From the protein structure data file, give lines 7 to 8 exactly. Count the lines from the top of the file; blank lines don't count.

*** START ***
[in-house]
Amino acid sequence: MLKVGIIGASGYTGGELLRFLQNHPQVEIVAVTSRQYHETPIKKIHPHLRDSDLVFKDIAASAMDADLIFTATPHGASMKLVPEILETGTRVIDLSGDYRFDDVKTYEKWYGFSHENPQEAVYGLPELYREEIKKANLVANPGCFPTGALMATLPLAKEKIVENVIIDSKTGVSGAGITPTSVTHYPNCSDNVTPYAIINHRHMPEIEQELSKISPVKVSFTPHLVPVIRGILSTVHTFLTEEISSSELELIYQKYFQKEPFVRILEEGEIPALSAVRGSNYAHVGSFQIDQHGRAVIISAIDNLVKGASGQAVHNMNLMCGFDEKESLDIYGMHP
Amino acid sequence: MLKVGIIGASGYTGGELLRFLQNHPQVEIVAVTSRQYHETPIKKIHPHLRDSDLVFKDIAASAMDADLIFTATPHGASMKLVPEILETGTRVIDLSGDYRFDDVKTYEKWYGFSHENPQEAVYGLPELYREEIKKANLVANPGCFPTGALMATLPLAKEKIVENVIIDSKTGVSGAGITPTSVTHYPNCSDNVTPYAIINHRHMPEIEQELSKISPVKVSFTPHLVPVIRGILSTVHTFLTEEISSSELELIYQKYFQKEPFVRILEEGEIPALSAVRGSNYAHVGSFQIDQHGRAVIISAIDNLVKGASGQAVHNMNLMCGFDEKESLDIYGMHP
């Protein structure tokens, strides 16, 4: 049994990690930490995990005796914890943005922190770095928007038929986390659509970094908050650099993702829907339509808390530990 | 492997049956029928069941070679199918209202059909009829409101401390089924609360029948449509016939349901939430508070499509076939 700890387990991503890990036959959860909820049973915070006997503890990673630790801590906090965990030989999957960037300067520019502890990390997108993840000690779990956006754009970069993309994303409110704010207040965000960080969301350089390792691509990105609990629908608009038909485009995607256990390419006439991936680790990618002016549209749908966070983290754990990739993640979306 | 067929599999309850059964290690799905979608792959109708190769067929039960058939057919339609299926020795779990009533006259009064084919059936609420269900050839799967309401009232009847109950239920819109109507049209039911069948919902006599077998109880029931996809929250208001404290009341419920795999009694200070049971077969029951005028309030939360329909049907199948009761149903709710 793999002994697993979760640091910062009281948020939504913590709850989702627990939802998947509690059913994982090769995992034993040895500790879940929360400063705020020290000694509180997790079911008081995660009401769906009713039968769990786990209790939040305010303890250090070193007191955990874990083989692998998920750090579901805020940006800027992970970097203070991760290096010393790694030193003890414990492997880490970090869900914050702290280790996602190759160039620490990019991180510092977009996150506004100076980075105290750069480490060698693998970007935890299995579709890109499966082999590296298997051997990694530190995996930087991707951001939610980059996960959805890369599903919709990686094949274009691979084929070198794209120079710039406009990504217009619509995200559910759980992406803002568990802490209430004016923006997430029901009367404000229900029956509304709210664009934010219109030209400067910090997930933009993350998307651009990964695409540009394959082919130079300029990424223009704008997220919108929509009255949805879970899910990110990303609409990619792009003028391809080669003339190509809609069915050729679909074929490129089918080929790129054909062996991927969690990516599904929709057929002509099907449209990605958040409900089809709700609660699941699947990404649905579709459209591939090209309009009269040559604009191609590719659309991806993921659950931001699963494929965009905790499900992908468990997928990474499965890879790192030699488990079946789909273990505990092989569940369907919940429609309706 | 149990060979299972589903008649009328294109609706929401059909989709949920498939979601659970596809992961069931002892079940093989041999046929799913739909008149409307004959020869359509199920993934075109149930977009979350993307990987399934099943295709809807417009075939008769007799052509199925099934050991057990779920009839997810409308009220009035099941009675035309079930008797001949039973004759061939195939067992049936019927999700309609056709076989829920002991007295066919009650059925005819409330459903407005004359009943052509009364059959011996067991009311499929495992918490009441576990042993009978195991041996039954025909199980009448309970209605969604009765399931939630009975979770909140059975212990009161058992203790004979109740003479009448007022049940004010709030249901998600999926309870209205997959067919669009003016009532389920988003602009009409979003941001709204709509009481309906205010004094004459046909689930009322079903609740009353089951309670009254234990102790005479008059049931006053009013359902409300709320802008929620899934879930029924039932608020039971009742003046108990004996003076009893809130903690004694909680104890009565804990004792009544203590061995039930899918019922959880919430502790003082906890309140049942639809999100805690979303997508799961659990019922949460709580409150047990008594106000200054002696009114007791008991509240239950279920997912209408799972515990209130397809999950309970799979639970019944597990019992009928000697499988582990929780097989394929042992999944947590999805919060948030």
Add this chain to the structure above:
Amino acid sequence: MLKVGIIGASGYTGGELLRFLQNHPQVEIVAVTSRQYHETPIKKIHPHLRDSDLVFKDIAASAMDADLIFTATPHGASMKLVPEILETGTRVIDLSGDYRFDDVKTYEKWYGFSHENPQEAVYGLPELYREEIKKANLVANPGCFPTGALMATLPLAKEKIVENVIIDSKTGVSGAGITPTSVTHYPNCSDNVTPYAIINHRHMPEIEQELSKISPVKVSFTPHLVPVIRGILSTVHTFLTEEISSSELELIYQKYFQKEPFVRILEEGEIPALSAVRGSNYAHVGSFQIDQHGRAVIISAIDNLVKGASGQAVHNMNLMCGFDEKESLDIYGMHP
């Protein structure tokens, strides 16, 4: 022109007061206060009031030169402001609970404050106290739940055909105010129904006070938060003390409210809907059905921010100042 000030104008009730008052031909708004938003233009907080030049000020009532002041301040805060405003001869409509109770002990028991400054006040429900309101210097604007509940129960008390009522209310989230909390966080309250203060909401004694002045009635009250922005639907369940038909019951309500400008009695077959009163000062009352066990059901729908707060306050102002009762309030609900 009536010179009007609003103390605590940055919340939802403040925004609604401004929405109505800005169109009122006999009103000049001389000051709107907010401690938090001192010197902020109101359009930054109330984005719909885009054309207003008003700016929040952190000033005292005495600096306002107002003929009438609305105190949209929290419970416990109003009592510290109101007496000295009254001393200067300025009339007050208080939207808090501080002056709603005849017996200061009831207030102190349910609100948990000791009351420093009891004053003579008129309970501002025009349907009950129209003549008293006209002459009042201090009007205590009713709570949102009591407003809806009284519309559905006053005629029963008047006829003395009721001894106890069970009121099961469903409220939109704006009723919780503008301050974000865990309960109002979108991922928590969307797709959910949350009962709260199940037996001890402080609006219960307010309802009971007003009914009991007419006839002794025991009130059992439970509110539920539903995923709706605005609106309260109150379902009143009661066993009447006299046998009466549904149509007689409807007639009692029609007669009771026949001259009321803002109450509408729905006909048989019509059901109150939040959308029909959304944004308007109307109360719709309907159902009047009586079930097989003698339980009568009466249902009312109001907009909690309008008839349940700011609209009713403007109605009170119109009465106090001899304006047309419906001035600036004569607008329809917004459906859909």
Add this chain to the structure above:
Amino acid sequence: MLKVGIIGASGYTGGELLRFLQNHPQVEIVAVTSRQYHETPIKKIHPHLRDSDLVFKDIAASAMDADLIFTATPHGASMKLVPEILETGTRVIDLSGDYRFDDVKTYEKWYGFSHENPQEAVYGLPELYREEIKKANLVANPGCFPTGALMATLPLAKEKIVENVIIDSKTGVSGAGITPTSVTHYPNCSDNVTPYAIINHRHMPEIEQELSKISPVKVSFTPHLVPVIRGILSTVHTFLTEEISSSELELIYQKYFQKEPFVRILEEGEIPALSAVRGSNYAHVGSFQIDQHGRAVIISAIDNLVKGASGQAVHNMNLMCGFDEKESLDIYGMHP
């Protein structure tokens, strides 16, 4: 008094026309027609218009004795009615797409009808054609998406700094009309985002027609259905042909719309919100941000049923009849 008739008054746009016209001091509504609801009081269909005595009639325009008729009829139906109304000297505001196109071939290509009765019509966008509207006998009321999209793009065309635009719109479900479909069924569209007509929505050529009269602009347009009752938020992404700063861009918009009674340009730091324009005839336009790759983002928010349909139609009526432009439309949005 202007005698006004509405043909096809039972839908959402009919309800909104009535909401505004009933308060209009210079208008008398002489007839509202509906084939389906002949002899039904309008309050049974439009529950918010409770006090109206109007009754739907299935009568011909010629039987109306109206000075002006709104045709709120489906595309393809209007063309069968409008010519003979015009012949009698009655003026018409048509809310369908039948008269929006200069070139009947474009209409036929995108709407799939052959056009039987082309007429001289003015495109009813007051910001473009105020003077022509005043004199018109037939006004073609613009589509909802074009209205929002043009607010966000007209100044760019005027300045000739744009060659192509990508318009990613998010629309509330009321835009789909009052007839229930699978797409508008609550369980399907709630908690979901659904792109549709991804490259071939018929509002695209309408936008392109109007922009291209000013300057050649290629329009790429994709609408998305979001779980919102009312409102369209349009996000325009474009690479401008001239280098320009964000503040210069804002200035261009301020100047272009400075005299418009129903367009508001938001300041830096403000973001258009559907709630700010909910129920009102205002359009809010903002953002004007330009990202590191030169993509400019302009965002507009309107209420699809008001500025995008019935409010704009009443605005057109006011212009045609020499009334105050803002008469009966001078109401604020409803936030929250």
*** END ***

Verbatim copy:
């Protein structure tokens, strides 16, 4: 022109007061206060009031030169402001609970404050106290739940055909105010129904006070938060003390409210809907059905921010100042 000030104008009730008052031909708004938003233009907080030049000020009532002041301040805060405003001869409509109770002990028991400054006040429900309101210097604007509940129960008390009522209310989230909390966080309250203060909401004694002045009635009250922005639907369940038909019951309500400008009695077959009163000062009352066990059901729908707060306050102002009762309030609900 009536010179009007609003103390605590940055919340939802403040925004609604401004929405109505800005169109009122006999009103000049001389000051709107907010401690938090001192010197902020109101359009930054109330984005719909885009054309207003008003700016929040952190000033005292005495600096306002107002003929009438609305105190949209929290419970416990109003009592510290109101007496000295009254001393200067300025009339007050208080939207808090501080002056709603005849017996200061009831207030102190349910609100948990000791009351420093009891004053003579008129309970501002025009349907009950129209003549008293006209002459009042201090009007205590009713709570949102009591407003809806009284519309559905006053005629029963008047006829003395009721001894106890069970009121099961469903409220939109704006009723919780503008301050974000865990309960109002979108991922928590969307797709959910949350009962709260199940037996001890402080609006219960307010309802009971007003009914009991007419006839002794025991009130059992439970509110539920539903995923709706605005609106309260109150379902009143009661066993009447006299046998009466549904149509007689409807007639009692029609007669009771026949001259009321803002109450509408729905006909048989019509059901109150939040959308029909959304944004308007109307109360719709309907159902009047009586079930097989003698339980009568009466249902009312109001907009909690309008008839349940700011609209009713403007109605009170119109009465106090001899304006047309419906001035600036004569607008329809917004459906859909």
Add this chain to the structure above: